Nobody uses rabbit ears anymore, it’s all digital now, so you can’t get a vehicle to
Jack Rabbit’s Palace anymore. The road is gone. But, there’s no road. The road’s gone. Twin Peaks is from a different time. This
is a show that’s being dragged out of the past and into a future it was never supposed
to see and where it doesn’t belong. Or in Audrey’s case, where it doesn’t want to be.
Audrey stands in for the part of the show that fears its own age. Who was Audrey Horne as a character in the
original show? She was willful and self-centered. She didn’t care about Laura, but she was determined
to solve the case for herself. Why did she care? Because she wanted to be the star of
the show. I wanted to help you for Laura. You said you and Laura weren’t exactly friends. We weren’t friends, but I understood her better
than the rest. She was a go-getter, and what she went to
get was attention. She was Agent Cooper’s love interest because she was in love with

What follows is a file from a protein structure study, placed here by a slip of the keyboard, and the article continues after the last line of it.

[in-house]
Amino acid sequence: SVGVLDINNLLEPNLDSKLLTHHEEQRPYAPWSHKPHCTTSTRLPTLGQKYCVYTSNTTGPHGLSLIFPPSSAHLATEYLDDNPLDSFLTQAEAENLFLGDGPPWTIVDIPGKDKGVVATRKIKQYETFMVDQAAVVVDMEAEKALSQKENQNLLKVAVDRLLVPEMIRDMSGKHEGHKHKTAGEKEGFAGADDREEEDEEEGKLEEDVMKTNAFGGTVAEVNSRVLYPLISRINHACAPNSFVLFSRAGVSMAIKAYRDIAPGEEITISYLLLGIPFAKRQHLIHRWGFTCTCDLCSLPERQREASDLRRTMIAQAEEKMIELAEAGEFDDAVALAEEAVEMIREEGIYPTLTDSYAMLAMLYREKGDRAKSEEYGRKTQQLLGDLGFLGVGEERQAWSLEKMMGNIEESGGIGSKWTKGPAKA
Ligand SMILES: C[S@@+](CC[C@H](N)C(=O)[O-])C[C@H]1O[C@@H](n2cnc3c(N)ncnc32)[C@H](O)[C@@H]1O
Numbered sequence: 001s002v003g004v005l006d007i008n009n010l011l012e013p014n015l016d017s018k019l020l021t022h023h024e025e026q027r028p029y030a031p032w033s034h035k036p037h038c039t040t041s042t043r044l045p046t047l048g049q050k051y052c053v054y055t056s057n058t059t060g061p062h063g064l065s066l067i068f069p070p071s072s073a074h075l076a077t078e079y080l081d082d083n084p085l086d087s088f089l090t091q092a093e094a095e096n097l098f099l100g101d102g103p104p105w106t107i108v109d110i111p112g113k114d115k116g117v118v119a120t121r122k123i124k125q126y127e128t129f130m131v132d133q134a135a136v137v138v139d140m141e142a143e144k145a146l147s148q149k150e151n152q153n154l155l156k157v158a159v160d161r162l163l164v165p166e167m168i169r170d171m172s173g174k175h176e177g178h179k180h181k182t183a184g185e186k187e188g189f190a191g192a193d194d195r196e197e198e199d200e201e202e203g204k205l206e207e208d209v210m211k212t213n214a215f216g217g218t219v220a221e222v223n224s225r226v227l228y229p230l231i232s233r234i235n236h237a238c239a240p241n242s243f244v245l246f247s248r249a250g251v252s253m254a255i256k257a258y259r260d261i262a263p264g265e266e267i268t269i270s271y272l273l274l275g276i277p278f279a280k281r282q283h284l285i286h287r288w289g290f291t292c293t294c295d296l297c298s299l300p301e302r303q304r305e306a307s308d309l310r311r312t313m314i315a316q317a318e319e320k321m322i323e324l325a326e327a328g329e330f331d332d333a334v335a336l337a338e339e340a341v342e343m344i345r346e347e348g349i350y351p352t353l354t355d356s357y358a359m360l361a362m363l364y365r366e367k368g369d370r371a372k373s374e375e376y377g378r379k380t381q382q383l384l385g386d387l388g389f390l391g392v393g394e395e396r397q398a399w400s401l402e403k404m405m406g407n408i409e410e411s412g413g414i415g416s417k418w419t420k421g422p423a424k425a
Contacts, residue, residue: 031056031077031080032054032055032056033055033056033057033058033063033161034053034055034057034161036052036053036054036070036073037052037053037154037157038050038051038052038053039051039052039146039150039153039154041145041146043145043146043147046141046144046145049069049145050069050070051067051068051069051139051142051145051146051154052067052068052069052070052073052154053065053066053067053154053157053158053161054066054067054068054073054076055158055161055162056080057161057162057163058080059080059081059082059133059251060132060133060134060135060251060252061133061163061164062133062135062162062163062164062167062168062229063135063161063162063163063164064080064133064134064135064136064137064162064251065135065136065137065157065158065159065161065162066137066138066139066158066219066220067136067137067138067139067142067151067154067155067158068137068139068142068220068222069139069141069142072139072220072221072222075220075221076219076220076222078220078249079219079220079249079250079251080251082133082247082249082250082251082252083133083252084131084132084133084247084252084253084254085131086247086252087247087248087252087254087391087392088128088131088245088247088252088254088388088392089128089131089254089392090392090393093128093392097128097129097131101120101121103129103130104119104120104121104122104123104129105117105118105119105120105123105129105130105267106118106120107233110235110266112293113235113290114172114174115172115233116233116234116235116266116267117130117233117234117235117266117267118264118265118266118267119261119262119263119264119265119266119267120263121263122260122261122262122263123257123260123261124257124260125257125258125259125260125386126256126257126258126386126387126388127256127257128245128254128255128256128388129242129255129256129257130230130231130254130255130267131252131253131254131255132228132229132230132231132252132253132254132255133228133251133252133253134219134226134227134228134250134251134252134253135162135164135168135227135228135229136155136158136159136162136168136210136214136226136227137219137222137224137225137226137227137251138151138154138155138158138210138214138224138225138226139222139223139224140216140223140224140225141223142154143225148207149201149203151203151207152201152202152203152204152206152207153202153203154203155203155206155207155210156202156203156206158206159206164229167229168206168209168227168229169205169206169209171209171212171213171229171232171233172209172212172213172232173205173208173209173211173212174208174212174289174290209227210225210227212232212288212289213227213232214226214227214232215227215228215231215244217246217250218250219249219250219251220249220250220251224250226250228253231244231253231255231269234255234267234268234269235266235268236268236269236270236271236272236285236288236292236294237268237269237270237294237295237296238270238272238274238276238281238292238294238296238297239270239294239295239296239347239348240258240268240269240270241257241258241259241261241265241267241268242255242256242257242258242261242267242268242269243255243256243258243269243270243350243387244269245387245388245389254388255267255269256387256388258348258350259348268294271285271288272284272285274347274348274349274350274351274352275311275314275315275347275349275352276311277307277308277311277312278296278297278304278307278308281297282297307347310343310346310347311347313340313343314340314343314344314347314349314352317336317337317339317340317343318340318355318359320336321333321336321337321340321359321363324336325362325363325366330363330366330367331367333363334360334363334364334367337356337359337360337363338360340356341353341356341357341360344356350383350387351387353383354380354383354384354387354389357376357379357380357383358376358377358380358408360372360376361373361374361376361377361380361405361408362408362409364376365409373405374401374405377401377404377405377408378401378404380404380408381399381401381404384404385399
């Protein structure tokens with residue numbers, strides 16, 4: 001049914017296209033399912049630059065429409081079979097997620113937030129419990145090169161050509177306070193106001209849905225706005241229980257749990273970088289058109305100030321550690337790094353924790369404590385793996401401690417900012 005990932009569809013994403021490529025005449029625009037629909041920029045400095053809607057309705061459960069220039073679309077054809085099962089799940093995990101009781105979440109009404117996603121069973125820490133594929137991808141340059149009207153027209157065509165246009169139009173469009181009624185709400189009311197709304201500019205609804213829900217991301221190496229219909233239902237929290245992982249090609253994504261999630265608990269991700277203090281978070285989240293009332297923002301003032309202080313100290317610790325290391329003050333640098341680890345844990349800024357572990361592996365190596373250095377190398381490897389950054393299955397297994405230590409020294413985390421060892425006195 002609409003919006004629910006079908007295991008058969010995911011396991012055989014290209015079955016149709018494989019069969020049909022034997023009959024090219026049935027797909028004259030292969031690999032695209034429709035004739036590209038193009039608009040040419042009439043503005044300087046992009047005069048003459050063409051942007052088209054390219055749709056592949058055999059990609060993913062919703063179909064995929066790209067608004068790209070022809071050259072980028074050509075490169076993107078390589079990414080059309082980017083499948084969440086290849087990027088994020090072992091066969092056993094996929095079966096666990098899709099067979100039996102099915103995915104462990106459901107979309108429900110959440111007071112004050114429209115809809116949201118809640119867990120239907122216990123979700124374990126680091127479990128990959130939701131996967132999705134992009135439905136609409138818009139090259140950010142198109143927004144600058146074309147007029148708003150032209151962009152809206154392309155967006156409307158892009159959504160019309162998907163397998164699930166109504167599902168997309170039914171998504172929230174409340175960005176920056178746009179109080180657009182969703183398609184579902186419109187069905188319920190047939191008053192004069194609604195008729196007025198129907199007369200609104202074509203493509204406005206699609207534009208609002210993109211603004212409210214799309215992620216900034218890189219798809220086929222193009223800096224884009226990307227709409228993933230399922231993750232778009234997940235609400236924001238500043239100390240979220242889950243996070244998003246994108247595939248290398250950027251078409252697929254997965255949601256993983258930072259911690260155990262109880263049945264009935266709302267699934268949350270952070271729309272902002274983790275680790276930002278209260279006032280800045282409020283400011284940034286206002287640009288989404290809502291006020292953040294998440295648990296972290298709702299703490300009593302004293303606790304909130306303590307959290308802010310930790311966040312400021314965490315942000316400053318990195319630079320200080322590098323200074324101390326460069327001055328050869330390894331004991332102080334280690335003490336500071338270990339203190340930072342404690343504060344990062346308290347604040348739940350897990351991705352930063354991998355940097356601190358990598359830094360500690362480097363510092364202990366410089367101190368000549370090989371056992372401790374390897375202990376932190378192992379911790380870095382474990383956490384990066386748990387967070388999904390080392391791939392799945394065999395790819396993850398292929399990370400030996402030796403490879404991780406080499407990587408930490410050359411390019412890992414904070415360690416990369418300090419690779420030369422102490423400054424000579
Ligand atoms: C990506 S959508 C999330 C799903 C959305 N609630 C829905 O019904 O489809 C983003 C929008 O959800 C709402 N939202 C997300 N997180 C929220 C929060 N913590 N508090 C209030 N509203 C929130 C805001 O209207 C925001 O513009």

attention, and the audience had no problem giving her plenty of it. I’m Audrey Horne, and I get what I want. In The Return however, Audrey is quite the
opposite. Far from being the center of attention, her story doesn’t even start until two-thirds
of the way into the season. She’s still just as willful, but she’s confused about her reality,
unsure of herself, afraid to leave her own house. Audrey has apparently settled for much
less than Billy Zane or Dale Cooper. We find her in a loveless marriage to a curmudgeon
named Charlie, who may or may not have some control over her life… Are you going to stop playing games, or do
I have to end your story, too? Audrey’s goal is to find Billy, a mystery
man with whom she’s cheating on her husband. You have no balls. That’s why I’m in love
with Billy. Why Billy? Perhaps it was because Billy Zane
was the man with whom she was cheating on the “audience” after the killer’s reveal…
or perhaps not. We don’t know and we don’t really need to know. Whether or not we actually